Klimt / Schiele: Drawings from the Albertina Museum, Vienna at the Royal Academy of Arts
Drawing is sometimes treated as a secondary medium in the art world, a less expensive afterthought to painting and sculpture. But drawings can be immensely powerful in their own right, as proved by the new gem of an exhibition at the Royal Academy – Klimt / Schiele: Drawings.
Nestled at the heart of the show is a work by Egon Schiele that is, quite simply, captivating. Small in size and drawn in black crayon on rough packing paper, The Cellist depicts a man sitting as if playing his musical instrument, but the cello itself is absent. Instead, we look into a void, into the outlined shape of the musician’s body, like a glimpse into his soul. A swathe of red watercolour flames up from his groin, as if from the physical and emotional touch of the invisible instrument, while his flushed cheeks and ears suggest an intense, even sexual, pleasure derived from his art.
In the work of both Egon Schiele and Gustav Klimt (28 years Schiele’s senior) on view throughout this showcase, art, sex and the absence caused by death are inextricably linked together. Bodies abound: naked women are sketched lost in the ecstasy of masturbation (in Klimt’s depictions) or staring directly at the viewer, displaying their bodies (Schiele). In one self-portrait, Schiele depicts himself squatting awkwardly, legs spread, nude. The works feel shocking even today, 100 years on from both artists’ deaths.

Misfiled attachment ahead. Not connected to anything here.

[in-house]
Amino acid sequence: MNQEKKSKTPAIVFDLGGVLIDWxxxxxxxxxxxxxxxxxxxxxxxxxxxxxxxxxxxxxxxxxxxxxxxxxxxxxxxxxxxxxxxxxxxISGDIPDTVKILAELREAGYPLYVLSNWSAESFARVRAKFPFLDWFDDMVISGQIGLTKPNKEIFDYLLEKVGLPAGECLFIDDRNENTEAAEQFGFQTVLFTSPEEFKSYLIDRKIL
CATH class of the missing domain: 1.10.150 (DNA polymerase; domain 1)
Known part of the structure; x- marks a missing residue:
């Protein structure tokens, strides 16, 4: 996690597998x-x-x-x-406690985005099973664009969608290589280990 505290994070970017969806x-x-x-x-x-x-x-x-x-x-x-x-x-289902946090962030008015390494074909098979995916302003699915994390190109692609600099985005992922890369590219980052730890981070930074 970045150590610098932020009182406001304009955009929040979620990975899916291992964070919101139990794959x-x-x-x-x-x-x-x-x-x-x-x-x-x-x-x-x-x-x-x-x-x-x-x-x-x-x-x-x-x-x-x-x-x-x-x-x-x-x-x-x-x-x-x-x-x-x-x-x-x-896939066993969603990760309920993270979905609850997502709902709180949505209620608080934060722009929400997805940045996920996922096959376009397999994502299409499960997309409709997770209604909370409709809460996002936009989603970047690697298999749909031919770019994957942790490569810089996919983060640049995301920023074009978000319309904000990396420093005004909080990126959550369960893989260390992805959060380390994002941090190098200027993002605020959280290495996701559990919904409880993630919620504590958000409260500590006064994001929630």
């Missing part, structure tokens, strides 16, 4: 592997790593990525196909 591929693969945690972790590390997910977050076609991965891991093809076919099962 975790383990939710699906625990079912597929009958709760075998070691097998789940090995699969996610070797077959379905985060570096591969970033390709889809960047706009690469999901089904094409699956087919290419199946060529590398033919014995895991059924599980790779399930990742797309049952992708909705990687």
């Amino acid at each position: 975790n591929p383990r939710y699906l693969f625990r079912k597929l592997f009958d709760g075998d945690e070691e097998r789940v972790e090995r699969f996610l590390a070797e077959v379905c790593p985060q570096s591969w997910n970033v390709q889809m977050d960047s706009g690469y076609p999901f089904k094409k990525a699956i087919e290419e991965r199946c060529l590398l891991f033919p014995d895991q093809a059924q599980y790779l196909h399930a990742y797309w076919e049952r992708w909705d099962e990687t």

Although it throws light on the relationship between the older, successful Klimt and the underappreciated, troubled Schiele, the exhibition founders slightly on the fact that the two artists approach drawing in very different ways. Most of the Klimt pieces in the show are preparatory drawings or casual sketches, and they notably lack the power of his complete painted works. Schiele’s drawings, on the other hand, are intended to be works in their own right, often using watercolour or gouache touches, where the unfinished characteristics of a sketch are appropriated to present unsettlingly truncated bodies and surrealistically floating objects. The younger artist is shown to be a master of his medium, whereas Klimt’s drawings looks less dynamic and even occasionally staid in a comparison that perhaps doesn’t give the full picture.
The exhibition could also have delved a little more deeply into the difficult gender politics of Klimt’s and especially Schiele’s work. One drawing by the latter depicts a naked young girl; the caption reminds us that we don’t know how old she is and that the age of consent in Vienna was only 14, but that doesn’t detract from the fact that Schiele depicts her as a sexualised child. It would perhaps be better to use the piece to open a debate on these issues, rather than close it down.
Nevertheless, the works on view in this elegantly arranged show undoubtedly pack a punch: they evoke a spectrum of emotions and appeal to the breadth of human experience. The arrangement also highlights the context in which the two artists lived and died, effectively drawing out parallels and differences and exploring the impulses that made their approaches so radical.
Featured image: Egon Schiele, Nude Self-Portrait, Squatting, 1916
Klimt / Schiele: Drawings is at the Royal Academy of Arts from 4th November 2018 until 3rd February 2019. For further information visit the exhibition’s website here.